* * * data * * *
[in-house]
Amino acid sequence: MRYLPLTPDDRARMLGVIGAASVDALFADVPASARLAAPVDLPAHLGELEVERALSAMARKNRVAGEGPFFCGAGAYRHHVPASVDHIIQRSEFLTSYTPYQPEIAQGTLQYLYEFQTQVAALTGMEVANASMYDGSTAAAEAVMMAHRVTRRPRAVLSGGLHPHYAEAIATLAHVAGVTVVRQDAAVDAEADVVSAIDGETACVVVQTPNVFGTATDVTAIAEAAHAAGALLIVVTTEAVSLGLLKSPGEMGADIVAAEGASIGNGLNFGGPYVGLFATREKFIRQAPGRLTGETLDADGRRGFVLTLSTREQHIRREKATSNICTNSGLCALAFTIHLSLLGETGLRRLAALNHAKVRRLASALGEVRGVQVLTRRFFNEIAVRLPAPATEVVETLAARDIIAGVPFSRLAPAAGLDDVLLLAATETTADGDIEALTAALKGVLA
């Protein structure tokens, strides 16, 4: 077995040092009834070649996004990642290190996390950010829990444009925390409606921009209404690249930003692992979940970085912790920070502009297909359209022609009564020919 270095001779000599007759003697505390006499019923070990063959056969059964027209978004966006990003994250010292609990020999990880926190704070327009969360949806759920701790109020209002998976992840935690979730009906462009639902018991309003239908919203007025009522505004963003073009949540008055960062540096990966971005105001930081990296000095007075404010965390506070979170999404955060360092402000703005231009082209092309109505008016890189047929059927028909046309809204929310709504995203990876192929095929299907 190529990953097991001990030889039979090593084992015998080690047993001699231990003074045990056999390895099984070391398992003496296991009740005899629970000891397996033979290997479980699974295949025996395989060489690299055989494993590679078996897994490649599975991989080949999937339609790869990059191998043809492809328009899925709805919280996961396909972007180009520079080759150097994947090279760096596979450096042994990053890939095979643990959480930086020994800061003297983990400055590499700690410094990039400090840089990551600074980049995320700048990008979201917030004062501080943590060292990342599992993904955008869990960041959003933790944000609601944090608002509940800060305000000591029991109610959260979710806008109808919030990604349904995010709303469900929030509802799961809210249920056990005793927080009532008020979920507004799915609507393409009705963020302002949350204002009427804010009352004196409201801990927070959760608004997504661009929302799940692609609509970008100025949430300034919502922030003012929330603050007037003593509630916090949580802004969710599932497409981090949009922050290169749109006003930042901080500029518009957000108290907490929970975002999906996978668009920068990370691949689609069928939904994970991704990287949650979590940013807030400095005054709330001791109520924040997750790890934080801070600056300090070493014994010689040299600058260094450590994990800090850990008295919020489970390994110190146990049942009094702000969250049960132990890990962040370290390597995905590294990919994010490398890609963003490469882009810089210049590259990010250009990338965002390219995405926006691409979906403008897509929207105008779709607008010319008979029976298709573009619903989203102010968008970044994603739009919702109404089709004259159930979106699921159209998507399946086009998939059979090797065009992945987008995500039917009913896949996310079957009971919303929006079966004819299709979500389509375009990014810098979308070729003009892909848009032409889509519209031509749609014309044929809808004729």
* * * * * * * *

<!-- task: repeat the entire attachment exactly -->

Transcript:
[in-house]
Amino acid sequence: MRYLPLTPDDRARMLGVIGAASVDALFADVPASARLAAPVDLPAHLGELEVERALSAMARKNRVAGEGPFFCGAGAYRHHVPASVDHIIQRSEFLTSYTPYQPEIAQGTLQYLYEFQTQVAALTGMEVANASMYDGSTAAAEAVMMAHRVTRRPRAVLSGGLHPHYAEAIATLAHVAGVTVVRQDAAVDAEADVVSAIDGETACVVVQTPNVFGTATDVTAIAEAAHAAGALLIVVTTEAVSLGLLKSPGEMGADIVAAEGASIGNGLNFGGPYVGLFATREKFIRQAPGRLTGETLDADGRRGFVLTLSTREQHIRREKATSNICTNSGLCALAFTIHLSLLGETGLRRLAALNHAKVRRLASALGEVRGVQVLTRRFFNEIAVRLPAPATEVVETLAARDIIAGVPFSRLAPAAGLDDVLLLAATETTADGDIEALTAALKGVLA
């Protein structure tokens, strides 16, 4: 077995040092009834070649996004990642290190996390950010829990444009925390409606921009209404690249930003692992979940970085912790920070502009297909359209022609009564020919 270095001779000599007759003697505390006499019923070990063959056969059964027209978004966006990003994250010292609990020999990880926190704070327009969360949806759920701790109020209002998976992840935690979730009906462009639902018991309003239908919203007025009522505004963003073009949540008055960062540096990966971005105001930081990296000095007075404010965390506070979170999404955060360092402000703005231009082209092309109505008016890189047929059927028909046309809204929310709504995203990876192929095929299907 190529990953097991001990030889039979090593084992015998080690047993001699231990003074045990056999390895099984070391398992003496296991009740005899629970000891397996033979290997479980699974295949025996395989060489690299055989494993590679078996897994490649599975991989080949999937339609790869990059191998043809492809328009899925709805919280996961396909972007180009520079080759150097994947090279760096596979450096042994990053890939095979643990959480930086020994800061003297983990400055590499700690410094990039400090840089990551600074980049995320700048990008979201917030004062501080943590060292990342599992993904955008869990960041959003933790944000609601944090608002509940800060305000000591029991109610959260979710806008109808919030990604349904995010709303469900929030509802799961809210249920056990005793927080009532008020979920507004799915609507393409009705963020302002949350204002009427804010009352004196409201801990927070959760608004997504661009929302799940692609609509970008100025949430300034919502922030003012929330603050007037003593509630916090949580802004969710599932497409981090949009922050290169749109006003930042901080500029518009957000108290907490929970975002999906996978668009920068990370691949689609069928939904994970991704990287949650979590940013807030400095005054709330001791109520924040997750790890934080801070600056300090070493014994010689040299600058260094450590994990800090850990008295919020489970390994110190146990049942009094702000969250049960132990890990962040370290390597995905590294990919994010490398890609963003490469882009810089210049590259990010250009990338965002390219995405926006691409979906403008897509929207105008779709607008010319008979029976298709573009619903989203102010968008970044994603739009919702109404089709004259159930979106699921159209998507399946086009998939059979090797065009992945987008995500039917009913896949996310079957009971919303929006079966004819299709979500389509375009990014810098979308070729003009892909848009032409889509519209031509749609014309044929809808004729």